Unemployed population in labor force as a percentage of total population in civilian labor force, 2016.
lesshs_pct
Population with an education of less than a regular high school diploma as a percentage of total population, 2016.
lesscollege_pct
Population with an education of less than a bachelor’s degree as a percentage of total population, 2016.
lesshs_whites_pct
White population with an education of less than a regular high school diploma as a percentage of total population, 2016.
lesscollege_whites_pct
White population with an education of less than a bachelor’s degree as a percentage of total population, 2016.
rural_pct
Rural population as a percentage of total population, 2016.
ruralurban_cc
Rural-urban continuum codes. See data dictionary for table of specific code values. These run as positive integers from 1 to 9, with 1 representing, for example, “Counties in metro areas of 1 million population or more” and 9 representing “Completely rural or less than 2,500 urban population, adjacent to a metro area”. These are not continuous values, but they are ordered.
trump.clinton.ratio
This was a new covariated introduced. Trying to normalize away county population size, this is the ratio of votes in the county in 2016 for presidential candidate Trump to the sum of Clinton and non-major party candidates. Clinton votes are summed with non-majors because there are no votes in some counties for Clinton.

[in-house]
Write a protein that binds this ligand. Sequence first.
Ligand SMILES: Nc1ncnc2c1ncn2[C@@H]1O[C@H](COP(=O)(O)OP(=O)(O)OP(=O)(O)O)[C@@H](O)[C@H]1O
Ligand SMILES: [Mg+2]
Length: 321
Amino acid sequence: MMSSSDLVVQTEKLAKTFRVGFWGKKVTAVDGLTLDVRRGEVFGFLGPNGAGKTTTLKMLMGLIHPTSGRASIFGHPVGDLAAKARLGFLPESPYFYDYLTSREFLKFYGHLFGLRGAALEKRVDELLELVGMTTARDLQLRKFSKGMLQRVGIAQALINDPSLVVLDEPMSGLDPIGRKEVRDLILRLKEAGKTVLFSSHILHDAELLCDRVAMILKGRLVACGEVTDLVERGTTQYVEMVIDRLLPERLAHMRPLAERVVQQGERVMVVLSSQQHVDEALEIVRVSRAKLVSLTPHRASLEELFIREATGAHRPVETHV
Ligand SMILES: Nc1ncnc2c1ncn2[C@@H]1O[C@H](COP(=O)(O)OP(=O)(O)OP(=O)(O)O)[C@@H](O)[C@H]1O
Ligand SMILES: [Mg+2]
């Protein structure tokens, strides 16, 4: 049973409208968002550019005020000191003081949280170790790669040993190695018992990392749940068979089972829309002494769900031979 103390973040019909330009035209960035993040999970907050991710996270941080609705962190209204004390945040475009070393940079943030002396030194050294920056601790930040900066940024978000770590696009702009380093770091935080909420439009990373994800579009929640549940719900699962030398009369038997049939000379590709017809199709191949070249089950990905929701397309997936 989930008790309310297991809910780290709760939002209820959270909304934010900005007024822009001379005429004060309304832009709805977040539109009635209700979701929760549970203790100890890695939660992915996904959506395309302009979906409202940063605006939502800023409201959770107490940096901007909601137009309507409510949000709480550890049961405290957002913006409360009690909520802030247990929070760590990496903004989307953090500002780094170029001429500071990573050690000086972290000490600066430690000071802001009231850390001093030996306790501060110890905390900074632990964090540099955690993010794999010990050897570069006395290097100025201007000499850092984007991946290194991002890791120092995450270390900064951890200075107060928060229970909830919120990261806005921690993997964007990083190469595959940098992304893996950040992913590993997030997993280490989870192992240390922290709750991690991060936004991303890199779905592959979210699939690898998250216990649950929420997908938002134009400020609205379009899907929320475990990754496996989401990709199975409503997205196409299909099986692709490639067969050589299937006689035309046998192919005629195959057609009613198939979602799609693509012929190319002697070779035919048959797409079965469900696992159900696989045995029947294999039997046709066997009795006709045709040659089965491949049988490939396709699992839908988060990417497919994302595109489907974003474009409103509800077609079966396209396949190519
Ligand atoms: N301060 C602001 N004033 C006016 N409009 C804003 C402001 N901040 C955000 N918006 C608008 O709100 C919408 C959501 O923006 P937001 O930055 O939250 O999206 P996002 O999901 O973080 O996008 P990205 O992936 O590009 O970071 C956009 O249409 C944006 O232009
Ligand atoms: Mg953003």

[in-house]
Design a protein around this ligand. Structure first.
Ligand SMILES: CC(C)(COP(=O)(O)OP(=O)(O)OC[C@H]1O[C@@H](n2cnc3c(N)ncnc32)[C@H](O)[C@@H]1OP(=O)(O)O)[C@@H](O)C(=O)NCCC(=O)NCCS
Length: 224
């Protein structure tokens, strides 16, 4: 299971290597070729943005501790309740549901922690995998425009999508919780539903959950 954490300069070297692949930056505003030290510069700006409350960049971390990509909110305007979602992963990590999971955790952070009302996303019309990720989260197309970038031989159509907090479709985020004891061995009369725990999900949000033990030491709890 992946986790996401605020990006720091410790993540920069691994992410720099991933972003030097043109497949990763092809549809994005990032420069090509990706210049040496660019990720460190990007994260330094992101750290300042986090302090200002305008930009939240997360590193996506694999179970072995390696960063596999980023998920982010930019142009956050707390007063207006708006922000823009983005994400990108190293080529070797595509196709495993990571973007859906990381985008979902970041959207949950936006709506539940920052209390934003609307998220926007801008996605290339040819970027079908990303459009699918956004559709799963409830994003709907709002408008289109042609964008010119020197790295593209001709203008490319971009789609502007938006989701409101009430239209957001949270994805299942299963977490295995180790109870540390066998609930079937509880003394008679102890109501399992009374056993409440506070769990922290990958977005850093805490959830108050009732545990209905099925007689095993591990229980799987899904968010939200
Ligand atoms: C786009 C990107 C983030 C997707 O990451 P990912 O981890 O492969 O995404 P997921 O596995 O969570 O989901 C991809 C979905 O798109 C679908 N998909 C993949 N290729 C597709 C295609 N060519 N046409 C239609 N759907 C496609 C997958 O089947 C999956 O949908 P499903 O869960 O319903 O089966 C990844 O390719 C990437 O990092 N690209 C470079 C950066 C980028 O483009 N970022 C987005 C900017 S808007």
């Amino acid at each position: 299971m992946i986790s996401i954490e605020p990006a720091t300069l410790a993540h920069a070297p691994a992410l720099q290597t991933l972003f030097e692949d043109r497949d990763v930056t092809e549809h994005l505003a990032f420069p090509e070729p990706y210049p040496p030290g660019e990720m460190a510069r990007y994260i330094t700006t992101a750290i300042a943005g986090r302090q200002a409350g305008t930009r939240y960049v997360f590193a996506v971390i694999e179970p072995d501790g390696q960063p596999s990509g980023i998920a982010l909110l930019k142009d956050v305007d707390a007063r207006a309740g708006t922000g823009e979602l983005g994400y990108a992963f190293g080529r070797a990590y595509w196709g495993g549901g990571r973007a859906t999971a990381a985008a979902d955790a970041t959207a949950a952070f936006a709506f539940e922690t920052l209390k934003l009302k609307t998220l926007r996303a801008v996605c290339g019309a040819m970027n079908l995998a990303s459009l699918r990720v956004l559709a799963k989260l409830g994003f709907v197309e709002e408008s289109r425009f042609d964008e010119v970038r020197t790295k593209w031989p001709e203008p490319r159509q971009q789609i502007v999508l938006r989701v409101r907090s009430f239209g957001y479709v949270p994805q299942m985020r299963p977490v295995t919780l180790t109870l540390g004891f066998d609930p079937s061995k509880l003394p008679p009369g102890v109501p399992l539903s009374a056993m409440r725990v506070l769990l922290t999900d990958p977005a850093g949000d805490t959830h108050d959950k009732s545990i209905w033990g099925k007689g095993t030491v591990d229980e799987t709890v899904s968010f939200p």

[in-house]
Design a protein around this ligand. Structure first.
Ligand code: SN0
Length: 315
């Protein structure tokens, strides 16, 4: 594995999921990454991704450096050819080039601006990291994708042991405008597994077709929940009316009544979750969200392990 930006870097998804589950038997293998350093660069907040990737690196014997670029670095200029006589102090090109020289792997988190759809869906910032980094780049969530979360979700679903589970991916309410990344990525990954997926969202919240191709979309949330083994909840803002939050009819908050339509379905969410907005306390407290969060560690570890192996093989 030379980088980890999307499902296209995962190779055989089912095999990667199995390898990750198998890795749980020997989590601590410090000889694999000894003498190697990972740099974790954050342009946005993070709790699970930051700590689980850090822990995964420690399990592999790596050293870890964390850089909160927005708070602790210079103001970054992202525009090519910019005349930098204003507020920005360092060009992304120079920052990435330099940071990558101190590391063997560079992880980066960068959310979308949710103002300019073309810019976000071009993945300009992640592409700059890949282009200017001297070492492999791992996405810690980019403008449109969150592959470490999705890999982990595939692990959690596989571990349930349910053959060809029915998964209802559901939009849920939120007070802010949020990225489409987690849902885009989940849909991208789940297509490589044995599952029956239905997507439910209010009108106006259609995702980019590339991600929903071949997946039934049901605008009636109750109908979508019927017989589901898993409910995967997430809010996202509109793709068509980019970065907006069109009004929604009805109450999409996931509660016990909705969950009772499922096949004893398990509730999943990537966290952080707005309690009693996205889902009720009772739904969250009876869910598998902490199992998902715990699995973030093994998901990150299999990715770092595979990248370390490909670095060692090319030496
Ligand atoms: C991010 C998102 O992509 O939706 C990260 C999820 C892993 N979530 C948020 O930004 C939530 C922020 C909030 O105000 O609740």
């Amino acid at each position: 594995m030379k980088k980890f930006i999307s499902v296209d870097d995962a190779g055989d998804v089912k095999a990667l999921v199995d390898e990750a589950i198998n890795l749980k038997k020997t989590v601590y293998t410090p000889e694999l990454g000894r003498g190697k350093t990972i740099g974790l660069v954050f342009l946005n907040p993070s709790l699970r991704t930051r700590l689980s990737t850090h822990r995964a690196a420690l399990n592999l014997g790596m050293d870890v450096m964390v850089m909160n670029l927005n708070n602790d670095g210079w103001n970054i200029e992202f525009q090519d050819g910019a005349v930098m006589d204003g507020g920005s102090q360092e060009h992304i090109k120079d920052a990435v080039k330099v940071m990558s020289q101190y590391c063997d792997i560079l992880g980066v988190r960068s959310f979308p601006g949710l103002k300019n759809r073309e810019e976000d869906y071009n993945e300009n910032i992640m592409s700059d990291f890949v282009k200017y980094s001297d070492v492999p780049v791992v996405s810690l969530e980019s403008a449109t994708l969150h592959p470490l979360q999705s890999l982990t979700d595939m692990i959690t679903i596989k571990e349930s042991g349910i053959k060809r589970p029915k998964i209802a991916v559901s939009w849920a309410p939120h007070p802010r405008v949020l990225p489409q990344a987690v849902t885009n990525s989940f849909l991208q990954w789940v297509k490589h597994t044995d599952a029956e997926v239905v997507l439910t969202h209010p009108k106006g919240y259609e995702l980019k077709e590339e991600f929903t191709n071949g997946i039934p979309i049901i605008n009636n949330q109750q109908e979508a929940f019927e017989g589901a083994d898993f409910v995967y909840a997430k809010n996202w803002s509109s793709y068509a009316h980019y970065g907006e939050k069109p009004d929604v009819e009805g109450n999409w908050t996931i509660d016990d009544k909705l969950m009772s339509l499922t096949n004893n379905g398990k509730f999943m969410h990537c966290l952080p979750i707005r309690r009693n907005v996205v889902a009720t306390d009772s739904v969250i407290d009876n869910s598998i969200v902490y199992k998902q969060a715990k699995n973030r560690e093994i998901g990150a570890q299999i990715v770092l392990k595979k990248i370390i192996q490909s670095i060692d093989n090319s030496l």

trump.obama.ratio
This was a new covariated introduced. Trying to normalize away county population size, this is the ratio of votes in the county for presidential candidate Trump in 2016 to the sum of Obama and non-major party candidates in 2012. Obama votes are summed with non-majors because there are no votes in some counties for Obama.
senate.ratio
This was a new covariated introduced. Trying to normalize away county population size, this is the ratio of votes for Republican Senate candidates in the county in 2016 to the sum of votes for Democratic and non-major party candidates. Democratic candidates are summed with non-major parties because there are no votes for Democrats in some counties.